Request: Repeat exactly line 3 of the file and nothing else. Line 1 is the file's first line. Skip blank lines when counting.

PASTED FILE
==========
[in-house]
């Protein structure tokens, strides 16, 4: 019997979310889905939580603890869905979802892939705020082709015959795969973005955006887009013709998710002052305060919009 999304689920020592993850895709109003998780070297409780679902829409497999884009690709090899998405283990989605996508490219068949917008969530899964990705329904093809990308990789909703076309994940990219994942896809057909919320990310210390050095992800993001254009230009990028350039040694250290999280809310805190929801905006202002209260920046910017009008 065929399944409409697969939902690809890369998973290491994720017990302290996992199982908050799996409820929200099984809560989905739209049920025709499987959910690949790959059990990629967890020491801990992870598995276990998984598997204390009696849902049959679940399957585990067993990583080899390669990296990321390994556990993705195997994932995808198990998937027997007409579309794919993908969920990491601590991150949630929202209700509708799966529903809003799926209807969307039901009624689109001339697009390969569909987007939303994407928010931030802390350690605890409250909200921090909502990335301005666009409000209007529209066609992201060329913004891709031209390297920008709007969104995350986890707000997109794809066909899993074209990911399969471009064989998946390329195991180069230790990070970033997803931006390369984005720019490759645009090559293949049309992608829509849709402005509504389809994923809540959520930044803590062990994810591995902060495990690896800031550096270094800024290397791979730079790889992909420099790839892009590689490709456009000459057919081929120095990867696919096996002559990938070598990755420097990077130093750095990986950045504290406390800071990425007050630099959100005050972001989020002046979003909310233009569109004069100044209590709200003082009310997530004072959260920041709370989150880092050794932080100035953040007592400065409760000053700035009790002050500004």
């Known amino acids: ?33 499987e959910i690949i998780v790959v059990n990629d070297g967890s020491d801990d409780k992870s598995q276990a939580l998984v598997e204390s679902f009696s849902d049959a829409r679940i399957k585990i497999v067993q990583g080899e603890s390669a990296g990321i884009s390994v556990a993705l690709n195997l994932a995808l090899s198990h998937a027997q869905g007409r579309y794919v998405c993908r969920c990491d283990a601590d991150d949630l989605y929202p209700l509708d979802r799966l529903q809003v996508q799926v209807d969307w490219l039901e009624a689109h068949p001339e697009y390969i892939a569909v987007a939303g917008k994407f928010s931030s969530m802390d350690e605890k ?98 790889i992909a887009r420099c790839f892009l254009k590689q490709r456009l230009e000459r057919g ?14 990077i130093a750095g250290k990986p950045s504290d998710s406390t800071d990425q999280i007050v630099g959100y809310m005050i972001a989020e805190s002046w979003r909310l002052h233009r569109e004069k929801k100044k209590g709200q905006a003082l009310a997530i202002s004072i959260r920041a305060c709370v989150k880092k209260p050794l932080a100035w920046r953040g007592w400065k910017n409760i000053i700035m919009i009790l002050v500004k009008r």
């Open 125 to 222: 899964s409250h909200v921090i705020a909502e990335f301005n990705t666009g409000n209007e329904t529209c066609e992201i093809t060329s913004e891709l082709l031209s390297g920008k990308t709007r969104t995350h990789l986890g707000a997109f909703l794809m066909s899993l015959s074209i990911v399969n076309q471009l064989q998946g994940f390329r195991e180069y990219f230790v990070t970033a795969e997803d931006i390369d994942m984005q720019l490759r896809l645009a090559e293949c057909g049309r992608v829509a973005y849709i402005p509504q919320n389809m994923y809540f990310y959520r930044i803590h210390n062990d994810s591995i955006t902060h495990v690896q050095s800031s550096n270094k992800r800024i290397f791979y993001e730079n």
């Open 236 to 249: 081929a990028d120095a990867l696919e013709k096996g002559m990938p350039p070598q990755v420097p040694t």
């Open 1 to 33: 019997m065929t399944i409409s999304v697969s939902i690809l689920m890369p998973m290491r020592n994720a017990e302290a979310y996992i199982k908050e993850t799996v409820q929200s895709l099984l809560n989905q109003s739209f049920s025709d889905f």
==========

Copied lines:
């Known amino acids: ?33 499987e959910i690949i998780v790959v059990n990629d070297g967890s020491d801990d409780k992870s598995q276990a939580l998984v598997e204390s679902f009696s849902d049959a829409r679940i399957k585990i497999v067993q990583g080899e603890s390669a990296g990321i884009s390994v556990a993705l690709n195997l994932a995808l090899s198990h998937a027997q869905g007409r579309y794919v998405c993908r969920c990491d283990a601590d991150d949630l989605y929202p209700l509708d979802r799966l529903q809003v996508q799926v209807d969307w490219l039901e009624a689109h068949p001339e697009y390969i892939a569909v987007a939303g917008k994407f928010s931030s969530m802390d350690e605890k ?98 790889i992909a887009r420099c790839f892009l254009k590689q490709r456009l230009e000459r057919g ?14 990077i130093a750095g250290k990986p950045s504290d998710s406390t800071d990425q999280i007050v630099g959100y809310m005050i972001a989020e805190s002046w979003r909310l002052h233009r569109e004069k929801k100044k209590g709200q905006a003082l009310a997530i202002s004072i959260r920041a305060c709370v989150k880092k209260p050794l932080a100035w920046r953040g007592w400065k910017n409760i000053i700035m919009i009790l002050v500004k009008r």